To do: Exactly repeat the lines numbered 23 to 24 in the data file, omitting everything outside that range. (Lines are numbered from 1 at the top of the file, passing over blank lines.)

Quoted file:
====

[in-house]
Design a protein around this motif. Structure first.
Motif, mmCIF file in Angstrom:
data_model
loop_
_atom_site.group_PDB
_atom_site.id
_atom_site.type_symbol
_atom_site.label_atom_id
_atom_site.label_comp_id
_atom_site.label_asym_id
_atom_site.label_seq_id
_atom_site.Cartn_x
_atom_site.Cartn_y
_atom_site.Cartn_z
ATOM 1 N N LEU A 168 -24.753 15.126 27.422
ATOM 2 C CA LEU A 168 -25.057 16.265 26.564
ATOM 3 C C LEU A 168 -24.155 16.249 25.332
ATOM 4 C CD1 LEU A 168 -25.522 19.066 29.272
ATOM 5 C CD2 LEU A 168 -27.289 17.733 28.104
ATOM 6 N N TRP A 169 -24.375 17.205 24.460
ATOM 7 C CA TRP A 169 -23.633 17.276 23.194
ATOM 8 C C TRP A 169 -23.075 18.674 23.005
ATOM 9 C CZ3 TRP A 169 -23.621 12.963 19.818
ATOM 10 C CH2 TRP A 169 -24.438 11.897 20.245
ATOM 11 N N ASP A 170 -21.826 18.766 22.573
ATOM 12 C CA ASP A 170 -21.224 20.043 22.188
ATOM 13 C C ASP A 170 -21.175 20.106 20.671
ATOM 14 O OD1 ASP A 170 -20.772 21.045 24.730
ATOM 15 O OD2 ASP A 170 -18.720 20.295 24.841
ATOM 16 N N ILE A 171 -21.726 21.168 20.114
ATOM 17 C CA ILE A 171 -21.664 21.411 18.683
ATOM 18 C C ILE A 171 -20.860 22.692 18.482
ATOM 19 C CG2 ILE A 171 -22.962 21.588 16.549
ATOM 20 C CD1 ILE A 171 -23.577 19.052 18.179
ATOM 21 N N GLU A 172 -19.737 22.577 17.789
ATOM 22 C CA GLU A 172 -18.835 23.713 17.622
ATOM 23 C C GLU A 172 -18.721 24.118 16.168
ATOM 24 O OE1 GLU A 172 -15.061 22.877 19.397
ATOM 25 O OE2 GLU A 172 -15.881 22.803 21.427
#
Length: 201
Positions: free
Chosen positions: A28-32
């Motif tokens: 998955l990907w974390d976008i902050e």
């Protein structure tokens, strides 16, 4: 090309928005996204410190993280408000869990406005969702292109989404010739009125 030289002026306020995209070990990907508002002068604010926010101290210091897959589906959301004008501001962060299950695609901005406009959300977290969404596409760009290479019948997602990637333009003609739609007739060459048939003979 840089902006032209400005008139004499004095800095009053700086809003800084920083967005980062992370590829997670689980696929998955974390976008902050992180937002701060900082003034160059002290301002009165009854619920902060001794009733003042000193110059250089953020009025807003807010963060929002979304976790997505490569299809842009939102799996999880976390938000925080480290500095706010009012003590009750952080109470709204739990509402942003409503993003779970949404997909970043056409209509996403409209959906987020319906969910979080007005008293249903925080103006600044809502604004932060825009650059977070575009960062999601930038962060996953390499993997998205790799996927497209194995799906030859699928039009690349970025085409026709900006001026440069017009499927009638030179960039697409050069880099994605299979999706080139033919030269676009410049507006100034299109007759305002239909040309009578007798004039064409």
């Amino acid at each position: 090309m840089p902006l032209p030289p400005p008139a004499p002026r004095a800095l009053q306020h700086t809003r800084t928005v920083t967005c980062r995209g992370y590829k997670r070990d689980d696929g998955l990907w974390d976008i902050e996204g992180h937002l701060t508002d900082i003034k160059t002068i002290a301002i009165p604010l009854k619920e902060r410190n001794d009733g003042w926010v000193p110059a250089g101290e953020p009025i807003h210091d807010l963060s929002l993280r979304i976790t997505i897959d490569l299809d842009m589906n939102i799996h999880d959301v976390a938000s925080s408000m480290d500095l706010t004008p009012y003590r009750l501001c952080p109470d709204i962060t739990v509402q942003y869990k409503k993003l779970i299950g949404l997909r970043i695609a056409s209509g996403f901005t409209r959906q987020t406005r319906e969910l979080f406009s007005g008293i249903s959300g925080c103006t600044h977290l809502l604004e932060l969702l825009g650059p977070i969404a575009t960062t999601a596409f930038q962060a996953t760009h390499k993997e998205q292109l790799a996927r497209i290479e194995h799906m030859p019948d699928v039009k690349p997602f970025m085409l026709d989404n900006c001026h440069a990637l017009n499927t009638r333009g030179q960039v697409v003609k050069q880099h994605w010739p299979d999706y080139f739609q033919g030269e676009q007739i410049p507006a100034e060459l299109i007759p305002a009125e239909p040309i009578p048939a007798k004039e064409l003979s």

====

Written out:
ATOM 8 C C TRP A 169 -23.075 18.674 23.005
ATOM 9 C CZ3 TRP A 169 -23.621 12.963 19.818